Madison, NJ (PRWEB) January 13, 2014
In forecasting serious asbestos-related claims, some of the country’s largest insurers and consultants appear to be ignoring relevant changes in medical knowledge, demographics and even social media. As a third wave of costly asbestos-related claims strikes the nation in the years ahead, many insurers will be swamped with “unexpected” reserve charges, according to “A Third Wave in Asbestos Liabilities Lies Ahead,” a new study by Assured Research, a New Jersey-based firm that analyzes the property/casualty insurance industry.
“In studying asbestos-related claims, we’re seeing evidence of outdated actuarial models,” explains Assured president William Wilt. “Since they’re based on 30-year-old epidemiological and demographic data, they can’t accurately forecast asbestos-related claims. Some insurers also seem to be ignoring advances in medical knowledge and diagnosis—and the changing behaviors of consumers and personal injury lawyers.”
The first wave of claims came from asbestos miners and millers; the second from people who handled asbestos regularly, such as plumbers, shipbuilders and carpenters. The third wave will be dominated by lung cancer claims which are ostensibly lower quality than those of mesothelioma because the cancer was predominantly caused by smoking rather than asbestos. Nevertheless, large numbers of even lower-quality claims could raise pressure on defendants anxious to settle and minimize nuisance suits. Moreover, recent literature illustrates researchers’ rising awareness of the malignant synergies between asbestos and smoking. Further, researchers are finding that short but intense exposures to asbestos can lead to asbestos illnesses.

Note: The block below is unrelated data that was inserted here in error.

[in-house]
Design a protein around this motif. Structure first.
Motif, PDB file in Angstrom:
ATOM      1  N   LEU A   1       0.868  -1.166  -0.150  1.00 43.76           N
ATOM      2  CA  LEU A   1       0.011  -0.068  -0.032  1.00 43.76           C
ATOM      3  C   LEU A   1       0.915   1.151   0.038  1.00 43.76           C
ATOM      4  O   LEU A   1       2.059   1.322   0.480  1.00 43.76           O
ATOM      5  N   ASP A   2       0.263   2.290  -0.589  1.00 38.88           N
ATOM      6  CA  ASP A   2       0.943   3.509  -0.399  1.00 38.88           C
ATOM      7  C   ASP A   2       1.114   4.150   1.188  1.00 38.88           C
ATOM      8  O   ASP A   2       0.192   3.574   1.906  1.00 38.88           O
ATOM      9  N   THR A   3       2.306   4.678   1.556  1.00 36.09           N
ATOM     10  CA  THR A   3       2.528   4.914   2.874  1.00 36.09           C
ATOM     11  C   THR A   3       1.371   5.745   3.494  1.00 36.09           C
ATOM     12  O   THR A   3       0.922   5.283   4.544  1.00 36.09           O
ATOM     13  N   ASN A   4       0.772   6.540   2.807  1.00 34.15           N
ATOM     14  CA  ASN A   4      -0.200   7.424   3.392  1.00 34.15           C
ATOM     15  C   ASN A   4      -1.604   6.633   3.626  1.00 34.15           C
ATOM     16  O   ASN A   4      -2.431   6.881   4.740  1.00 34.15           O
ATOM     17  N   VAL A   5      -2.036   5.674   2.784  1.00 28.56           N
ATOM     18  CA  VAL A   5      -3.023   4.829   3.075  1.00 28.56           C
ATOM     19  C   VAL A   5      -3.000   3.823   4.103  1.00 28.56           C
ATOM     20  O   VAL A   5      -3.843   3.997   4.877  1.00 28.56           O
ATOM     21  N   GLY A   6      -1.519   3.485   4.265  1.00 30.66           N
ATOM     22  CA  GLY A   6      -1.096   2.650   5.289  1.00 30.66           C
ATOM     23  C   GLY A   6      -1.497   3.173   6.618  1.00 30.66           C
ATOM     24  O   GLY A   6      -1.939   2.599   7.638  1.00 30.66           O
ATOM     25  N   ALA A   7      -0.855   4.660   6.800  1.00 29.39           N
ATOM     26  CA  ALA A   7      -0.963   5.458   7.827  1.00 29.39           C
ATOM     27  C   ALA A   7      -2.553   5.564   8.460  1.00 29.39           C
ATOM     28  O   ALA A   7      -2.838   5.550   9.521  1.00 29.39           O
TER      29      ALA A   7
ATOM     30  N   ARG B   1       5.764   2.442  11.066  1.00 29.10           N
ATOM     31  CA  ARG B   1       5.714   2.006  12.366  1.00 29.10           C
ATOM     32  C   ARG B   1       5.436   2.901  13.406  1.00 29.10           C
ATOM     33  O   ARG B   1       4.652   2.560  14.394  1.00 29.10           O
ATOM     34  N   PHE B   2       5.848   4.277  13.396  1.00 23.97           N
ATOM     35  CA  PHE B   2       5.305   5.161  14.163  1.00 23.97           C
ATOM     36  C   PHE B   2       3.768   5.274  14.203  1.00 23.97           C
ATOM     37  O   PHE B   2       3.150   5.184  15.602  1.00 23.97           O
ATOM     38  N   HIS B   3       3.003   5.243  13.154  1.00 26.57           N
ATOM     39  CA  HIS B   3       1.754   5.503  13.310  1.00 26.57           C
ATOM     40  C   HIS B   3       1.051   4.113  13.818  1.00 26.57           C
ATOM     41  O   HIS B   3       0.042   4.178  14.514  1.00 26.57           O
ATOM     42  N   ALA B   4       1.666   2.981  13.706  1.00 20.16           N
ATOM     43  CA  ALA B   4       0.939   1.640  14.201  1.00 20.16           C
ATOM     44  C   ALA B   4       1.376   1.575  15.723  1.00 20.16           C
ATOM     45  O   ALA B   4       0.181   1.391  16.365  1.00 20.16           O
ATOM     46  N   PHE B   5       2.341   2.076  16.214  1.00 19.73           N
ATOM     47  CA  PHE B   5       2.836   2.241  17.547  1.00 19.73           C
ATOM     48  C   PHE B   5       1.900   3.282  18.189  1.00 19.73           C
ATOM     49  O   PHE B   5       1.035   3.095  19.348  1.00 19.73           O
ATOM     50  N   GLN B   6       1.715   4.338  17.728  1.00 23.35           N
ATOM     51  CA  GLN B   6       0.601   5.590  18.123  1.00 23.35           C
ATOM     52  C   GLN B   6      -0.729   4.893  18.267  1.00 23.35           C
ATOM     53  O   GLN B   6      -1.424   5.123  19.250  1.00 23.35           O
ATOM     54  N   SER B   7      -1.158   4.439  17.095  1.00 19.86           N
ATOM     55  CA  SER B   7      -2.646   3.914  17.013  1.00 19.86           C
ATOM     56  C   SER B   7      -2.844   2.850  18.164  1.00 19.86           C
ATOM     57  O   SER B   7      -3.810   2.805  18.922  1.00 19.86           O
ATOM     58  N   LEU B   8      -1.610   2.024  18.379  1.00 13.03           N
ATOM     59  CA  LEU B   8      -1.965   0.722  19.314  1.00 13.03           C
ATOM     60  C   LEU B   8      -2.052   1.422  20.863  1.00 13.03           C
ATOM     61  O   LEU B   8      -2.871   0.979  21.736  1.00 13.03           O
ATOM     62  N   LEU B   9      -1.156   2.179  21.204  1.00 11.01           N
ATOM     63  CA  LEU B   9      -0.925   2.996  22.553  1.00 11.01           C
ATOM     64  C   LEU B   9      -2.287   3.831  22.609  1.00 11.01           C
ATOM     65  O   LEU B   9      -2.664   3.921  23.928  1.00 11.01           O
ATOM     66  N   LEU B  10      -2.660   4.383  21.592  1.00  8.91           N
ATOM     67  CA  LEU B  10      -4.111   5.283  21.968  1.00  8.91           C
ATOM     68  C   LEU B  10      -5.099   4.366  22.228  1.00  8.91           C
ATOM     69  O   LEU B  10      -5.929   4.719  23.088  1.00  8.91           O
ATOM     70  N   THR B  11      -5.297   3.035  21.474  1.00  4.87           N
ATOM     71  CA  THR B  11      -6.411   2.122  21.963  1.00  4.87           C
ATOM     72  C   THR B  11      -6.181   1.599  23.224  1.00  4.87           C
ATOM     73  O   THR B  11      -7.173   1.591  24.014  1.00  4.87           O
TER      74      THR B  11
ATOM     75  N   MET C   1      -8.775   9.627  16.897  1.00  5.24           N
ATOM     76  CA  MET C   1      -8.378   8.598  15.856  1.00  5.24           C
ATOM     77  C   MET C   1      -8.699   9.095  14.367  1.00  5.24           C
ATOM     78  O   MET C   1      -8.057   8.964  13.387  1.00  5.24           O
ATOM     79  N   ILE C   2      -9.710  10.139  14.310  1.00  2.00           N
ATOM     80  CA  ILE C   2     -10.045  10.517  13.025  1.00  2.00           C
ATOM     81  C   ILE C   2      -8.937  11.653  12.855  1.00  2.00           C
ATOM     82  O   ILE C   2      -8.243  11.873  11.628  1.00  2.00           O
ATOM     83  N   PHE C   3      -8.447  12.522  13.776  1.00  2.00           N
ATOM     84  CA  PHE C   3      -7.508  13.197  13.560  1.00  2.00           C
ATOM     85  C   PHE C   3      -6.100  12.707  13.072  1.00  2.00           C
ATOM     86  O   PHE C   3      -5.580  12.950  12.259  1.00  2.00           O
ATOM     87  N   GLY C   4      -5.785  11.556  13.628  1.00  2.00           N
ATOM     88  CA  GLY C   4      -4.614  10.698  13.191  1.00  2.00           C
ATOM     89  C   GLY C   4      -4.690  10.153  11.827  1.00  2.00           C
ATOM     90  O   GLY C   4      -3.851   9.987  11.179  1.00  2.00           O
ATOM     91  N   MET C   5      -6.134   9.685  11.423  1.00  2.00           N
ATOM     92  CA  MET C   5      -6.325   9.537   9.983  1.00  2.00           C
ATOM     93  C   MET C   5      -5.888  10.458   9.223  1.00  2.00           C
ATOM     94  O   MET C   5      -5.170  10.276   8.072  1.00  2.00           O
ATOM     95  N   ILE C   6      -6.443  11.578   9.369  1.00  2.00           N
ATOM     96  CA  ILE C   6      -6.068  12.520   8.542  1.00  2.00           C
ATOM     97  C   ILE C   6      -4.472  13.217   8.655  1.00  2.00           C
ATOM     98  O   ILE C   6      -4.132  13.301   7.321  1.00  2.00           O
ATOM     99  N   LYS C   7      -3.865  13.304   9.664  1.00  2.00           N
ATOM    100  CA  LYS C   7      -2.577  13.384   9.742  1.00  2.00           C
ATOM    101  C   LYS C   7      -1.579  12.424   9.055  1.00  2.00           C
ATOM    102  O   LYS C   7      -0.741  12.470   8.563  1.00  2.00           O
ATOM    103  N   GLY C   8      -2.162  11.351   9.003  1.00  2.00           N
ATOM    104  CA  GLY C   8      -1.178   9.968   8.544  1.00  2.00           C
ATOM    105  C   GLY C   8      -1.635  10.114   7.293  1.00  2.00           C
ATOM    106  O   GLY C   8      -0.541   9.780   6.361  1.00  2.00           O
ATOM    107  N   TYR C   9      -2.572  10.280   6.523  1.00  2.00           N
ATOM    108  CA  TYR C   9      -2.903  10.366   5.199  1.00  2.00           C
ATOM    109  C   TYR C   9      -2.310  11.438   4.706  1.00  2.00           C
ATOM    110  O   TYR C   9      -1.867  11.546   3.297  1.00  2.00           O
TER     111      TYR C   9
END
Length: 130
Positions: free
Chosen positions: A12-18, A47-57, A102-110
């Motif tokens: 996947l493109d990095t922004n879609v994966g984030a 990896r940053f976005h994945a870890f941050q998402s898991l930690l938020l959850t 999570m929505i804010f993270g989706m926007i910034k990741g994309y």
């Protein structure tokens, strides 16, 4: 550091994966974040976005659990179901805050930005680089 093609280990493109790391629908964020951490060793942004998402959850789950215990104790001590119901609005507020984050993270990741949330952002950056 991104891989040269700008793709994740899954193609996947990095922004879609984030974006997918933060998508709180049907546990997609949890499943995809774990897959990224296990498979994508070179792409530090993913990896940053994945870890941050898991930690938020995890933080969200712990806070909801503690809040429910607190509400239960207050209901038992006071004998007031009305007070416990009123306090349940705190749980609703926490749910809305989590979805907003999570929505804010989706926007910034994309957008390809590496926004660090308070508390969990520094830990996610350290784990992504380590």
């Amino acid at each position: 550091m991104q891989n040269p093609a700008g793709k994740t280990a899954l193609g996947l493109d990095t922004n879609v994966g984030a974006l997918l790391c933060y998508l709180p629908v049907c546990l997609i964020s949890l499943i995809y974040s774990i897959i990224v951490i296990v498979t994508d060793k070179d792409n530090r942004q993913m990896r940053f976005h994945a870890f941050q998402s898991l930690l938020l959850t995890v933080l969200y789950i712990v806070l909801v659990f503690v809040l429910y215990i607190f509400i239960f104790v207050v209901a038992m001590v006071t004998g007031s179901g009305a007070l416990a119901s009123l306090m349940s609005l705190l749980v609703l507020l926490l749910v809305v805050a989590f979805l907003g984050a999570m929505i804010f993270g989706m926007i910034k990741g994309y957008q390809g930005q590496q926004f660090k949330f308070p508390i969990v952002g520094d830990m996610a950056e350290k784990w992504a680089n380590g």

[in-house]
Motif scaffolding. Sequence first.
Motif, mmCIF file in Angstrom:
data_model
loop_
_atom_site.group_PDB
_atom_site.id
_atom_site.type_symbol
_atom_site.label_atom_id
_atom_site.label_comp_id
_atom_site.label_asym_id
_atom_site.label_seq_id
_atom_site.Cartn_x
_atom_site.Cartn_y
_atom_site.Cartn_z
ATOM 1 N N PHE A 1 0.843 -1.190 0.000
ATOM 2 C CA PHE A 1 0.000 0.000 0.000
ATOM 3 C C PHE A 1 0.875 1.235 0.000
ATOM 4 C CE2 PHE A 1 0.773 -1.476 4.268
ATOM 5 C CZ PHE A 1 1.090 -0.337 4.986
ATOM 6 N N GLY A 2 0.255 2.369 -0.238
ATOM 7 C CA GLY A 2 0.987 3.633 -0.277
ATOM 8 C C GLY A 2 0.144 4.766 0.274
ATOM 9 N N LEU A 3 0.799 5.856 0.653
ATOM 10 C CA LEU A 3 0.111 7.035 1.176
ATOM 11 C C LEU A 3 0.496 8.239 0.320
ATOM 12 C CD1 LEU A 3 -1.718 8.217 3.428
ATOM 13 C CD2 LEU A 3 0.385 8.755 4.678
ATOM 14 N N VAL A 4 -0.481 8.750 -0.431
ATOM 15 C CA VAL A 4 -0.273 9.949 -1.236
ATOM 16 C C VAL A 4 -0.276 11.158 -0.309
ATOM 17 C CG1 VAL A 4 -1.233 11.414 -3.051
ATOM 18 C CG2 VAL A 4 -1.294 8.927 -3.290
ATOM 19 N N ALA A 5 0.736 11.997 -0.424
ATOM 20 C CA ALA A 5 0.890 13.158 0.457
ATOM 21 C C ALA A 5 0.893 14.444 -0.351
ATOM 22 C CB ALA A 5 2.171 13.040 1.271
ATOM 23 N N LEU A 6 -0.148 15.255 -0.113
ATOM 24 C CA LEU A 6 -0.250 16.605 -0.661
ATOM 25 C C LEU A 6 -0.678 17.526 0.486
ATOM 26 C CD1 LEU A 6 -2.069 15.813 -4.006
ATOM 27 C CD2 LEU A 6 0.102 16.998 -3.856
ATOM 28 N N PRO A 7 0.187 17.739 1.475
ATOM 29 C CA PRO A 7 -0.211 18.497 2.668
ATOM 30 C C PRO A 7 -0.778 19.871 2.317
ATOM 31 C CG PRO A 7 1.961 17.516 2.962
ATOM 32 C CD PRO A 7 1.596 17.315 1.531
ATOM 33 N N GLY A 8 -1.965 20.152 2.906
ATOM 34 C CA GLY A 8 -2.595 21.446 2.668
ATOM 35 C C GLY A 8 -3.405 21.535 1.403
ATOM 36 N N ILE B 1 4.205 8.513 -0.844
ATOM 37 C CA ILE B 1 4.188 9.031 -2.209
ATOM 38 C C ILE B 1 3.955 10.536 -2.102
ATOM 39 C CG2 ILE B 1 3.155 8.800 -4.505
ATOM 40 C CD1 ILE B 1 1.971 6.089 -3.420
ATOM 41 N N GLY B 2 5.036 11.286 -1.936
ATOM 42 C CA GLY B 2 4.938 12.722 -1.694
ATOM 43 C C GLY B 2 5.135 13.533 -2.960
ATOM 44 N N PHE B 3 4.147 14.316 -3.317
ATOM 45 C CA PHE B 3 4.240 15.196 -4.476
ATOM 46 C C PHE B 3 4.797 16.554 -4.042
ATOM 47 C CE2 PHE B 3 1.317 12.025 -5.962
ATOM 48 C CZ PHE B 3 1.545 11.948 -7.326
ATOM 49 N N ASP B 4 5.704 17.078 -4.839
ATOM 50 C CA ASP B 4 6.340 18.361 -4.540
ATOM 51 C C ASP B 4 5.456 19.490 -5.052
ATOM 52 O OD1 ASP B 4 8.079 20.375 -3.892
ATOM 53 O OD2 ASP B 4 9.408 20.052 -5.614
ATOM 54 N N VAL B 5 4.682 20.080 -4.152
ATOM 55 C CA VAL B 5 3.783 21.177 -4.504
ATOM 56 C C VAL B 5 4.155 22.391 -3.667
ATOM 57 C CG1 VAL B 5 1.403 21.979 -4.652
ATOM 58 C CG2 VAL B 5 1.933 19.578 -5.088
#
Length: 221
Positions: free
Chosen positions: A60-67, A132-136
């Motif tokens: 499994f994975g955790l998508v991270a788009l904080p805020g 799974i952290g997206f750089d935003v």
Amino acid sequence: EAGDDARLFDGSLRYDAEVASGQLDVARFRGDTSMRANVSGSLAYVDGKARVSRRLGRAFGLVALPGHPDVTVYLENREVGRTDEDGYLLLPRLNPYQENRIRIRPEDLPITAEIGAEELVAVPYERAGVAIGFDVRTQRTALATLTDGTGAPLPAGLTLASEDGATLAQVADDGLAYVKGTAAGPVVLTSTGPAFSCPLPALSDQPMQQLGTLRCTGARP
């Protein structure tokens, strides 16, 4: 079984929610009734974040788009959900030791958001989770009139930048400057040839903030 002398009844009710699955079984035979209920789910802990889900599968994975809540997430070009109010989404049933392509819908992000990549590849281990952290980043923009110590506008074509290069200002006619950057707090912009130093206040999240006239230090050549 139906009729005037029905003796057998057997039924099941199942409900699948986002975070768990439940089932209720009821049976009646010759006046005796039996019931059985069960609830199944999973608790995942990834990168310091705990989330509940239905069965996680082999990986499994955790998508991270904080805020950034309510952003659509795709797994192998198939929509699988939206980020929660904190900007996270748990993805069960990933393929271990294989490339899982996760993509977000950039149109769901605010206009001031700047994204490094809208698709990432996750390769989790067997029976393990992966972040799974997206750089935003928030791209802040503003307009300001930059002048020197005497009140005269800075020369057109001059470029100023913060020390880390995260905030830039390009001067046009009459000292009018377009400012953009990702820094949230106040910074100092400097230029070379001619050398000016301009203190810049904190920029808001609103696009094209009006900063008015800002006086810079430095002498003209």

“Medical evidence is mounting,” says Wilt, “that there is no ‘lower limit’ below which asbestos fibers cannot cause mesothelioma. Meanwhile, the people most likely to make asbestos claims are living longer—long enough, in some cases, to be diagnosed with asbestos-related disease.”
Asbestosis may be easier to diagnose today, thanks to high-resolution CT-scans, but Assured Research believes the third wave will be dominated by lung cancer claims. Personal injury lawyers are finding it easier than ever to prospect for new claimants, while a new recommendation from the U.S. Preventive Services Task Force recommends annual CT scans for all current and formers (heavy) smokers between the ages of 55 and 80 – some 10 million people.
“We believe this third wave will be aided by the growing prevalence of social media sites such as Google and YouTube which have lowered the cost of prospecting for claimants by lawyers,” says co-author and Managing Director Alan Zimmermann. “If you need convincing, type the name of any well-known asbestos law firm into a search engine and see how fast they come back to you with offers of direct conversations.”
“The confluence of outdated actuarial models, shifts in life expectancies, medical knowledge, social media, and now recommended screening,” Wilt says, “can’t be good news for insurers that are funding higher than expected claims on a pay-as-you-go basis.”